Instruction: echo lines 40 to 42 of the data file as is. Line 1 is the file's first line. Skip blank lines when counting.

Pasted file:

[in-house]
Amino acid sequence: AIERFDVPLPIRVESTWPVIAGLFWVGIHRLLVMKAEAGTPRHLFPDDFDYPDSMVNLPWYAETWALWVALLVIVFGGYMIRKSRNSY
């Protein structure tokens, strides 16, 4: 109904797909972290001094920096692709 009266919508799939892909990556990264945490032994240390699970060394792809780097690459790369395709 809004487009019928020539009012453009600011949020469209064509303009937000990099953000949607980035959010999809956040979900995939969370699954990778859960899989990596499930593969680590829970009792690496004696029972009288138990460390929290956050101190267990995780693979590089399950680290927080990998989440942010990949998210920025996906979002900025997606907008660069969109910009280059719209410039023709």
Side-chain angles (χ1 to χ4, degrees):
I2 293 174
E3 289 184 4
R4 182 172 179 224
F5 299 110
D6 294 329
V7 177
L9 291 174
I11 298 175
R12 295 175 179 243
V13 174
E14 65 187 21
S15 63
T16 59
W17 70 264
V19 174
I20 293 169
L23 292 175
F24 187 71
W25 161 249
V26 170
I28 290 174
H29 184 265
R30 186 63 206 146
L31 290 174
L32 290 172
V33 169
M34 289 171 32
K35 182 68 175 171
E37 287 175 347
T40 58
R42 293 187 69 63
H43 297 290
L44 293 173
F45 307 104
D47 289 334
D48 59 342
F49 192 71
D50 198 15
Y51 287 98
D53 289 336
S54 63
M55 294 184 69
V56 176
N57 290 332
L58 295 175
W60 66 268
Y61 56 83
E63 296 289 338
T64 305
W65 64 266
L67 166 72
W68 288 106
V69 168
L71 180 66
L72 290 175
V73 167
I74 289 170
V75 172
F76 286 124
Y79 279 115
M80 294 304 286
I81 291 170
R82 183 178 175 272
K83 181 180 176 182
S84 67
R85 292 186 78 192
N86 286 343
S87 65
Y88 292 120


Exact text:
D48 59 342
F49 192 71
D50 198 15